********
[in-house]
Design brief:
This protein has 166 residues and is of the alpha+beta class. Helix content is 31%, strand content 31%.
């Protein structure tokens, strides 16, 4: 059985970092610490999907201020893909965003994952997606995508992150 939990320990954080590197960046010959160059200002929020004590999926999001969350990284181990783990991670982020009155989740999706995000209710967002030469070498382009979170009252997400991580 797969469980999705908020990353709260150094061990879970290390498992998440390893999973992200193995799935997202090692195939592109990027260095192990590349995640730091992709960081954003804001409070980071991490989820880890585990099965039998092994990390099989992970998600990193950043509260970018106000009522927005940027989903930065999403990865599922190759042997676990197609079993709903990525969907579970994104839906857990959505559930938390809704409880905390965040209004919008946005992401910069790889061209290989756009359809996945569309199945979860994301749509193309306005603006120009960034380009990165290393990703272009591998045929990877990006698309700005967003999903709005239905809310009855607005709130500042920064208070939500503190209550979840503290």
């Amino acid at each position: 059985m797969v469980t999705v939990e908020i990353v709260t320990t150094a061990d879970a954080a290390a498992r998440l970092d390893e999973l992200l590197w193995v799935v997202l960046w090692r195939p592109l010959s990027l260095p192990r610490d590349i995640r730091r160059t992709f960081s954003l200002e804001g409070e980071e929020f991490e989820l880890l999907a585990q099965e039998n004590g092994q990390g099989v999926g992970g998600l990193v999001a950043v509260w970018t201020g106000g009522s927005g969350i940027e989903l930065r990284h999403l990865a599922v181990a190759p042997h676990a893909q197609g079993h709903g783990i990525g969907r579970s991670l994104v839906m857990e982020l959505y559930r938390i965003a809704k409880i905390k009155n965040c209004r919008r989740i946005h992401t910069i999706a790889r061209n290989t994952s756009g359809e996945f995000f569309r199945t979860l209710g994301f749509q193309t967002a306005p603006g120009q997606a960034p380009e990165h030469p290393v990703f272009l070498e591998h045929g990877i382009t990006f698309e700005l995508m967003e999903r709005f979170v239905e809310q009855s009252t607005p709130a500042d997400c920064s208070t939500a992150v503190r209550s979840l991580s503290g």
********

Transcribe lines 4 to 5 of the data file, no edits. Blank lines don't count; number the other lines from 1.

């Protein structure tokens, strides 16, 4: 059985970092610490999907201020893909965003994952997606995508992150 939990320990954080590197960046010959160059200002929020004590999926999001969350990284181990783990991670982020009155989740999706995000209710967002030469070498382009979170009252997400991580 797969469980999705908020990353709260150094061990879970290390498992998440390893999973992200193995799935997202090692195939592109990027260095192990590349995640730091992709960081954003804001409070980071991490989820880890585990099965039998092994990390099989992970998600990193950043509260970018106000009522927005940027989903930065999403990865599922190759042997676990197609079993709903990525969907579970994104839906857990959505559930938390809704409880905390965040209004919008946005992401910069790889061209290989756009359809996945569309199945979860994301749509193309306005603006120009960034380009990165290393990703272009591998045929990877990006698309700005967003999903709005239905809310009855607005709130500042920064208070939500503190209550979840503290």
């Amino acid at each position: 059985m797969v469980t999705v939990e908020i990353v709260t320990t150094a061990d879970a954080a290390a498992r998440l970092d390893e999973l992200l590197w193995v799935v997202l960046w090692r195939p592109l010959s990027l260095p192990r610490d590349i995640r730091r160059t992709f960081s954003l200002e804001g409070e980071e929020f991490e989820l880890l999907a585990q099965e039998n004590g092994q990390g099989v999926g992970g998600l990193v999001a950043v509260w970018t201020g106000g009522s927005g969350i940027e989903l930065r990284h999403l990865a599922v181990a190759p042997h676990a893909q197609g079993h709903g783990i990525g969907r579970s991670l994104v839906m857990e982020l959505y559930r938390i965003a809704k409880i905390k009155n965040c209004r919008r989740i946005h992401t910069i999706a790889r061209n290989t994952s756009g359809e996945f995000f569309r199945t979860l209710g994301f749509q193309t967002a306005p603006g120009q997606a960034p380009e990165h030469p290393v990703f272009l070498e591998h045929g990877i382009t990006f698309e700005l995508m967003e999903r709005f979170v239905e809310q009855s009252t607005p709130a500042d997400c920064s208070t939500a992150v503190r209550s979840l991580s503290g």